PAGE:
Hidden from History: Welling School Year 7 Students and the Courtauld Institute of Art

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Hidden from History: Welling School Year 7 Students and the Courtauld Institute of Art

The Courtauld Institute of Art and Welling School worked together throughout the 2014-15 academic year. From Medieval saints to Paul Gauguin’s radical nudes, the students have explored the collection working with artists, academics, and designers. Ten students were selected from their peers to make zines, investigating the theme of gender in The Courtauld Gallery. The zines were printed by the students at The Common House in Bethnal Green, which is a collectively managed space for radical groups, projects and community events.

The zines will be inserted into the next issue of ae newpaper.

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*curated book shelf of related texts.

Wordtent installation

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Wordtent : an outreach project with students from Brampton Primary School now installed in the Berwick Road Gallery, Welling.

This tent has been on a journey. For the past two months travelling back and forth from Welling to Brampton Primary Academy. The tent has been a creative shelter in which our two schools have collaborated through making.

We play with words to produce concrete poetry exploring the link between the shapes of words and their meaning. Concrete poetry – sometimes also called ‘visual poetry’ – is poetry which visual appearance matches the topic of the poem. The words form shapes which illustrate the poem’s subject as a picture as well as through their literal meaning.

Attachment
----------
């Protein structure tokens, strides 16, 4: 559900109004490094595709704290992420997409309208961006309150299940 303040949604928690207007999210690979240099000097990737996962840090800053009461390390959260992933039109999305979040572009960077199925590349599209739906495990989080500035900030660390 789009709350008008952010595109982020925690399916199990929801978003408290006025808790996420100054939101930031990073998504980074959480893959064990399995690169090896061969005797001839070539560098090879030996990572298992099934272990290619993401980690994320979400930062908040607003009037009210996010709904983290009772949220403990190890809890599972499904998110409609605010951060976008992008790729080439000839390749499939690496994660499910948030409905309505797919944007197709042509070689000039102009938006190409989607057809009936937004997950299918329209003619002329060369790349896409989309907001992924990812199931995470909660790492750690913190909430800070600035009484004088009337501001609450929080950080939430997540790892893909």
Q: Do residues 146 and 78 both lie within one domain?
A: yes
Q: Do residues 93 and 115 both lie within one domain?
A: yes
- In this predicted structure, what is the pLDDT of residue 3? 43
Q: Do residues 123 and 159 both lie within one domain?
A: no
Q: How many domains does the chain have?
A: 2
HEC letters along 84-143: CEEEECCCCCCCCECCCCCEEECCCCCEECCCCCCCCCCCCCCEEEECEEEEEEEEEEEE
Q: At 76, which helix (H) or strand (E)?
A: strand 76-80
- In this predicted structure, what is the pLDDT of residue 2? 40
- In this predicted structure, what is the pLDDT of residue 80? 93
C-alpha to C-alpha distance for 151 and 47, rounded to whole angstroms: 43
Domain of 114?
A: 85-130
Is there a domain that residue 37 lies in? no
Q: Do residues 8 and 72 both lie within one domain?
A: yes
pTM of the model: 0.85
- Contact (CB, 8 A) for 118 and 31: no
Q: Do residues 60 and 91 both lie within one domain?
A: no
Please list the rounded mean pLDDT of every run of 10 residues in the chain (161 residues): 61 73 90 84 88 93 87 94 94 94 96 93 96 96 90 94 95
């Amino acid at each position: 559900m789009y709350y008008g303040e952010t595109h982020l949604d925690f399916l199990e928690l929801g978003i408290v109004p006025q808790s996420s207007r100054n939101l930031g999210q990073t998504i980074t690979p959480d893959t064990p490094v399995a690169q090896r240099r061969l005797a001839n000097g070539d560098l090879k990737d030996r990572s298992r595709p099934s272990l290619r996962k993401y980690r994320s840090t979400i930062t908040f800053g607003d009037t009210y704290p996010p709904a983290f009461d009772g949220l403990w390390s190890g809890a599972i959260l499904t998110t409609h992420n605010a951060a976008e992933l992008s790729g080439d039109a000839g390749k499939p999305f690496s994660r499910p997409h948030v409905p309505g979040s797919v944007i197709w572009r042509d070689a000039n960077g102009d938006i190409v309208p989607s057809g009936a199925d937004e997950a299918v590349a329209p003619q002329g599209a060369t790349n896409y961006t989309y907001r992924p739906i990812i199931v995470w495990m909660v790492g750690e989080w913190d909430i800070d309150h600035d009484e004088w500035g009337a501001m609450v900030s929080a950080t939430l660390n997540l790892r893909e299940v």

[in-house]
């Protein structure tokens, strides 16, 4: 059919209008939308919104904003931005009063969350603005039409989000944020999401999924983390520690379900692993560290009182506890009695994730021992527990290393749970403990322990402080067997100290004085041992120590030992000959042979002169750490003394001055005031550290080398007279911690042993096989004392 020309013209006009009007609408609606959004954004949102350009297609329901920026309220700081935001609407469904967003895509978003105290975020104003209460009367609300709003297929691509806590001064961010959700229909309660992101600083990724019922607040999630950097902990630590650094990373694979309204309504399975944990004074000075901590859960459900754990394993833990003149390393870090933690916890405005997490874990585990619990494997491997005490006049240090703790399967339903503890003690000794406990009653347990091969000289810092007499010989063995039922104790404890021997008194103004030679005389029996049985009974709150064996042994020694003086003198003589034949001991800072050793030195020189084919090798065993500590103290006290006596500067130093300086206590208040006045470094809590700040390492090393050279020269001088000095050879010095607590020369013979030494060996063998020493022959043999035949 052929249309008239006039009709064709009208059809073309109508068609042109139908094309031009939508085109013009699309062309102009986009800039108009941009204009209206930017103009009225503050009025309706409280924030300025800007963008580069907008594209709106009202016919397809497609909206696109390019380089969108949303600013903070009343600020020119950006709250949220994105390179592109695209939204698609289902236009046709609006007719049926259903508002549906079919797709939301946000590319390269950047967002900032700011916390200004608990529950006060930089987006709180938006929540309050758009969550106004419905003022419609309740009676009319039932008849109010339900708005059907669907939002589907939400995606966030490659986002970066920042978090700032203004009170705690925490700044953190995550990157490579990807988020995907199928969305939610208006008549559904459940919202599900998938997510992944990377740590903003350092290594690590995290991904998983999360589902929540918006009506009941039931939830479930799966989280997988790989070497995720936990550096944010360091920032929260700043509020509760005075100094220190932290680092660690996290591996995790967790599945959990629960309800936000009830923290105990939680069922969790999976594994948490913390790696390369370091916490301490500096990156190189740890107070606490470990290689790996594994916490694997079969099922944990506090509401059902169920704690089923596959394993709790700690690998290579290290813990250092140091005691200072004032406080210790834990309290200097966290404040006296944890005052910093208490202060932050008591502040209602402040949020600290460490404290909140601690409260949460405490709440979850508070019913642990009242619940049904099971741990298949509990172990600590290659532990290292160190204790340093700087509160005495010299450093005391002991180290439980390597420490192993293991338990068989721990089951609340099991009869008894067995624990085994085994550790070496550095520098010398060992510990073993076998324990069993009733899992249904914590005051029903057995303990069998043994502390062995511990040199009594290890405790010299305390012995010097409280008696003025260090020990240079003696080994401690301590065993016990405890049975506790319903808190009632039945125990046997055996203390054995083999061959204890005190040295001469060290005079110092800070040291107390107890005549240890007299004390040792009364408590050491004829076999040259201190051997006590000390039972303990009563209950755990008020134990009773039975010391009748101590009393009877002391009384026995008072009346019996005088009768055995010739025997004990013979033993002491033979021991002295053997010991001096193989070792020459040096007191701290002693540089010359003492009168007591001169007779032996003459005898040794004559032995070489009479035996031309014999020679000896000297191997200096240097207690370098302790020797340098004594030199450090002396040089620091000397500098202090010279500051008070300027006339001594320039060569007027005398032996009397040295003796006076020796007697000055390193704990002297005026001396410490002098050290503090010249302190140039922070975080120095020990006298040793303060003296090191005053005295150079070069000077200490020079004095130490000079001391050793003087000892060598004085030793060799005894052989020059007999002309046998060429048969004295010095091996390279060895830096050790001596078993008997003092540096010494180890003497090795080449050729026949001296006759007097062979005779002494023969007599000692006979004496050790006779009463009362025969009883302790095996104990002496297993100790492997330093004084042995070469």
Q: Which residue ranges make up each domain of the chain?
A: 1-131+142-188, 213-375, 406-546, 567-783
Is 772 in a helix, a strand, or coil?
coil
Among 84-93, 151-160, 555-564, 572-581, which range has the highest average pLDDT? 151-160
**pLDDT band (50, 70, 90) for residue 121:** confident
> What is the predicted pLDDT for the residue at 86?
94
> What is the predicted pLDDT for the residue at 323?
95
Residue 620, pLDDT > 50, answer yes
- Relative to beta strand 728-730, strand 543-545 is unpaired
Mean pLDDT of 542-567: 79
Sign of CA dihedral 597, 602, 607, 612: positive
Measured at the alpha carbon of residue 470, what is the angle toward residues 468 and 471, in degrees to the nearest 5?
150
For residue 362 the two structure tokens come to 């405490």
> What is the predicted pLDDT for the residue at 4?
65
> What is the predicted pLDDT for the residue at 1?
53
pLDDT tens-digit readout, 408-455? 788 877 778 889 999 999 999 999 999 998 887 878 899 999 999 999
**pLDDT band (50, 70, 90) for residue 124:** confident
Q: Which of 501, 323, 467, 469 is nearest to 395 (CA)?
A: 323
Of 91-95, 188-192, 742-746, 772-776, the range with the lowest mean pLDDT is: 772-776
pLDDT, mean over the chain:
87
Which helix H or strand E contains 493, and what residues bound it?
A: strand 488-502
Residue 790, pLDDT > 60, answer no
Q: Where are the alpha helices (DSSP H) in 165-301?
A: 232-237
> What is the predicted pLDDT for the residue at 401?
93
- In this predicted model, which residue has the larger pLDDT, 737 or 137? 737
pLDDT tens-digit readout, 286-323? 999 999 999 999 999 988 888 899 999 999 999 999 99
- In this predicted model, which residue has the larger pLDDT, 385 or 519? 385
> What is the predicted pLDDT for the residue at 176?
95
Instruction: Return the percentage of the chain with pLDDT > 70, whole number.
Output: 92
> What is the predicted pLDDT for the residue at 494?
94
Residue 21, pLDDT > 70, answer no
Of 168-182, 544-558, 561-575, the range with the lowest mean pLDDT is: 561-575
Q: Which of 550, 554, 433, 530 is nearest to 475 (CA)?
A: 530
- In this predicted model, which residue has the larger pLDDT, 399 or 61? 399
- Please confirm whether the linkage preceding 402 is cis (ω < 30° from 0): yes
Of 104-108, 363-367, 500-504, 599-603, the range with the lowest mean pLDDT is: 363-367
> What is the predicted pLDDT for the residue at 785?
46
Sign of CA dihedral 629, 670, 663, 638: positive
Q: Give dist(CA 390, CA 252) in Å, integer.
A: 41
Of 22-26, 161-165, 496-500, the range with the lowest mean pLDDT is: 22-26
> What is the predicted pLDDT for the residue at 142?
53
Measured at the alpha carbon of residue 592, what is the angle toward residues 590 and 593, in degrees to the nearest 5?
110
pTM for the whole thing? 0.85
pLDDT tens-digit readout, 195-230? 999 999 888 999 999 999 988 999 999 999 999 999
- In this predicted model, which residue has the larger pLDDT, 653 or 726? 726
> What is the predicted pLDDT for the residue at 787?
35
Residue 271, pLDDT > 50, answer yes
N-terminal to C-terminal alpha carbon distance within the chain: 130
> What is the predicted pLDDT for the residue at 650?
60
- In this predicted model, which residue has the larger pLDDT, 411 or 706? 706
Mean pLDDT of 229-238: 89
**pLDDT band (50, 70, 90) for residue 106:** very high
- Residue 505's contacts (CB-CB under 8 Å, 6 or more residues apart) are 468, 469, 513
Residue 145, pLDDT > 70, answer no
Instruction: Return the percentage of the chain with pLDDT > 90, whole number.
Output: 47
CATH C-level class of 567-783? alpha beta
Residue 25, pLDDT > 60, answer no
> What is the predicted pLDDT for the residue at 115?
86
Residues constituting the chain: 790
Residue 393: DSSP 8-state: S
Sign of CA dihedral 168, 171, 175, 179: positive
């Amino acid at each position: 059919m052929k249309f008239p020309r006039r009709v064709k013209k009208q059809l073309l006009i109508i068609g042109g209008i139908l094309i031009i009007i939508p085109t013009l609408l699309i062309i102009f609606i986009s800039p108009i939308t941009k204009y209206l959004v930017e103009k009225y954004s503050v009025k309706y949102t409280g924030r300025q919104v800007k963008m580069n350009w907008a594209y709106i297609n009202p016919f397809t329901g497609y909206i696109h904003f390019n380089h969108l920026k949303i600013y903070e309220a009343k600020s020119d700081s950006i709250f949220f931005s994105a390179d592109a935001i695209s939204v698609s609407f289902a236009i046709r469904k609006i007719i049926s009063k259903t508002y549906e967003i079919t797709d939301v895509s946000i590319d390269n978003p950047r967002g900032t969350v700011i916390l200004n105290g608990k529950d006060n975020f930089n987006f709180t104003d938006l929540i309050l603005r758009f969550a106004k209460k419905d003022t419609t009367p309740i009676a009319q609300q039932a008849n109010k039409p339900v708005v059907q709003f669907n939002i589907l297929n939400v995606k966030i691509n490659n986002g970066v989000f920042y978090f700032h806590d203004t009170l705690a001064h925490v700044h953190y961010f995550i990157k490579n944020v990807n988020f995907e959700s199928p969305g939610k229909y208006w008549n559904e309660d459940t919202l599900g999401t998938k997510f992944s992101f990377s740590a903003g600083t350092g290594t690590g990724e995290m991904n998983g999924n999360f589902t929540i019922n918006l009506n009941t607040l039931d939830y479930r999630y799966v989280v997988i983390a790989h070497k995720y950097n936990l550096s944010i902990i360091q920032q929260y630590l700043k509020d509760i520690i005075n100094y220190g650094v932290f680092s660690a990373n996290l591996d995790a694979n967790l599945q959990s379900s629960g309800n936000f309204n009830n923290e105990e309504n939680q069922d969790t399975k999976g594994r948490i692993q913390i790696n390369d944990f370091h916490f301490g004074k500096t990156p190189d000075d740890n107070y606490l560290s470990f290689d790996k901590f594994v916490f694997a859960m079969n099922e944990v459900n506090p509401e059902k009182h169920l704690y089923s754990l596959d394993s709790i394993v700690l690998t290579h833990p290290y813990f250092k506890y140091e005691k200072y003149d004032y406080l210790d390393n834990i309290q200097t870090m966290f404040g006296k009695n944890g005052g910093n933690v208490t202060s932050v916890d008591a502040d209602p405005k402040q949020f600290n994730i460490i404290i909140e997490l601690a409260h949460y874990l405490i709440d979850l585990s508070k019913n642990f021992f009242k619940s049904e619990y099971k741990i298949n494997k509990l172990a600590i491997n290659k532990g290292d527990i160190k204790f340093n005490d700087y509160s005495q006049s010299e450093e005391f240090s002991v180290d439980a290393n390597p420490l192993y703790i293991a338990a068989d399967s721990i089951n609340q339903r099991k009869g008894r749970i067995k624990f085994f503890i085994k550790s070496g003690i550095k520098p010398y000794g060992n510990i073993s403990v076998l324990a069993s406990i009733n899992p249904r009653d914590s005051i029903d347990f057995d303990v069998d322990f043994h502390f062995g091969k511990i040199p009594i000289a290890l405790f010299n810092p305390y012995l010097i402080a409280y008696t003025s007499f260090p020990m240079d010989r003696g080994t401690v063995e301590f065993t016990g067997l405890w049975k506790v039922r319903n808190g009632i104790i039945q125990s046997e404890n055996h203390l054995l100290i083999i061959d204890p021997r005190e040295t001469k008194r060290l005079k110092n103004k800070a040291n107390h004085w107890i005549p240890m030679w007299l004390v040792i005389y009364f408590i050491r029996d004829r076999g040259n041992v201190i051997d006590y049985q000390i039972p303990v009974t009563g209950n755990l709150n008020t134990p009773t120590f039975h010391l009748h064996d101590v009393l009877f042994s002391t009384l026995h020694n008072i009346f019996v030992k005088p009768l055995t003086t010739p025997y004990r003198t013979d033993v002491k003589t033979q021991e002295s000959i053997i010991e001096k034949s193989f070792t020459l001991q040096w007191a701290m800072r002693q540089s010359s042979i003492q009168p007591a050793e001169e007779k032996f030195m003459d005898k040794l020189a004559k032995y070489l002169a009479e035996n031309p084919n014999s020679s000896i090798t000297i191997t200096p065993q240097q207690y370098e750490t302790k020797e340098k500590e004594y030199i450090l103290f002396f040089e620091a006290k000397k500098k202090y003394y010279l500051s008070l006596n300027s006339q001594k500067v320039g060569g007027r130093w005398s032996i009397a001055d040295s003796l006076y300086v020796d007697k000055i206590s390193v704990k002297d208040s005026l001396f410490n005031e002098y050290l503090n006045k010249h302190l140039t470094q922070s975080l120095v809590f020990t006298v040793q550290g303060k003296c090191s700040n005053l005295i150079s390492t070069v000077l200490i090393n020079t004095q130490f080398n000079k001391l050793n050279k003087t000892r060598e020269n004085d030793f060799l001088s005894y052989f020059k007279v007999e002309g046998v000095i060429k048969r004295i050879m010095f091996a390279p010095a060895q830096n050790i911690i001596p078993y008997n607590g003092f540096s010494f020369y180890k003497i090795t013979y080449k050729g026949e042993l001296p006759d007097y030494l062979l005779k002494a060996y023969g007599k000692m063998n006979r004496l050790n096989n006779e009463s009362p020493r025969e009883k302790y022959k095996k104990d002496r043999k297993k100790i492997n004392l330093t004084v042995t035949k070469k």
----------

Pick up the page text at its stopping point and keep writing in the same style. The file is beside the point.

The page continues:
During the exhibition we encourage you to join in our play. Using acetate letters to project your own words into the space.

 

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Welling School & The Courtauld: Hidden From History?

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On Thursday we had the first session generating content for our exciting  Zine project with The Courtauld Gallery after school.

 Students from Year 7 have been set the creative brief to  make a Zine which will be distributed in the AE newspaper and displayed on The Courtauld’s website and blog. This will be on the theme
 of gender and explore the research question:Hidden from History? Discuss women’s role in The Courtauld Gallery and beyond. We hosted Dr Katie Faulkner a visiting lecturer from the Courtauld Institute who guided us through our initial questions and we  planned lots of  practical workshops to  visually explore the complex ideas relating gender to objectification and institutions.